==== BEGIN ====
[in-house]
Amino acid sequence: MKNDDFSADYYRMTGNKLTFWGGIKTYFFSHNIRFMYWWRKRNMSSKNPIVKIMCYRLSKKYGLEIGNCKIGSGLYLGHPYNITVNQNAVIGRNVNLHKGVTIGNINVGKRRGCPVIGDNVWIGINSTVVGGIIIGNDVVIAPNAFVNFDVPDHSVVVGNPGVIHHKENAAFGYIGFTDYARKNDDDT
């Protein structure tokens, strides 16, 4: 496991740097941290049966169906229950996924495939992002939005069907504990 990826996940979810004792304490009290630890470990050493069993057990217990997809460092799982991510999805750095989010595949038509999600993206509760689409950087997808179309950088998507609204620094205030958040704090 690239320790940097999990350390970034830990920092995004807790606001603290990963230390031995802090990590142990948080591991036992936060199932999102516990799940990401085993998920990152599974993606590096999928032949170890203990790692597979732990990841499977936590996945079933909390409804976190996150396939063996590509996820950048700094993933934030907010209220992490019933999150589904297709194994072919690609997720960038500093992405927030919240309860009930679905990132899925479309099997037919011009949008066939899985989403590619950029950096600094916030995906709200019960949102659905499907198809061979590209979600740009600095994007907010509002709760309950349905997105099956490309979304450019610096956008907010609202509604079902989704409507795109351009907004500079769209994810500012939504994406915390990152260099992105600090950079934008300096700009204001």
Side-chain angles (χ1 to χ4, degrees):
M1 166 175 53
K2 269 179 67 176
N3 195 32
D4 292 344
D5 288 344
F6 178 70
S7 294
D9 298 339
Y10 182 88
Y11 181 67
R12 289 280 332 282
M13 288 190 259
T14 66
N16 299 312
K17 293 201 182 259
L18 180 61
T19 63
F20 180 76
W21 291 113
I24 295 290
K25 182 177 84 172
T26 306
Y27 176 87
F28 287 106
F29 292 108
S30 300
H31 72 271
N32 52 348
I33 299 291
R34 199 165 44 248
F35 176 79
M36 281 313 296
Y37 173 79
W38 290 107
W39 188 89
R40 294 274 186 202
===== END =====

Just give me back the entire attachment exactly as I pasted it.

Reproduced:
[in-house]
Amino acid sequence: MKNDDFSADYYRMTGNKLTFWGGIKTYFFSHNIRFMYWWRKRNMSSKNPIVKIMCYRLSKKYGLEIGNCKIGSGLYLGHPYNITVNQNAVIGRNVNLHKGVTIGNINVGKRRGCPVIGDNVWIGINSTVVGGIIIGNDVVIAPNAFVNFDVPDHSVVVGNPGVIHHKENAAFGYIGFTDYARKNDDDT
């Protein structure tokens, strides 16, 4: 496991740097941290049966169906229950996924495939992002939005069907504990 990826996940979810004792304490009290630890470990050493069993057990217990997809460092799982991510999805750095989010595949038509999600993206509760689409950087997808179309950088998507609204620094205030958040704090 690239320790940097999990350390970034830990920092995004807790606001603290990963230390031995802090990590142990948080591991036992936060199932999102516990799940990401085993998920990152599974993606590096999928032949170890203990790692597979732990990841499977936590996945079933909390409804976190996150396939063996590509996820950048700094993933934030907010209220992490019933999150589904297709194994072919690609997720960038500093992405927030919240309860009930679905990132899925479309099997037919011009949008066939899985989403590619950029950096600094916030995906709200019960949102659905499907198809061979590209979600740009600095994007907010509002709760309950349905997105099956490309979304450019610096956008907010609202509604079902989704409507795109351009907004500079769209994810500012939504994406915390990152260099992105600090950079934008300096700009204001």
Side-chain angles (χ1 to χ4, degrees):
M1 166 175 53
K2 269 179 67 176
N3 195 32
D4 292 344
D5 288 344
F6 178 70
S7 294
D9 298 339
Y10 182 88
Y11 181 67
R12 289 280 332 282
M13 288 190 259
T14 66
N16 299 312
K17 293 201 182 259
L18 180 61
T19 63
F20 180 76
W21 291 113
I24 295 290
K25 182 177 84 172
T26 306
Y27 176 87
F28 287 106
F29 292 108
S30 300
H31 72 271
N32 52 348
I33 299 291
R34 199 165 44 248
F35 176 79
M36 281 313 296
Y37 173 79
W38 290 107
W39 188 89
R40 294 274 186 202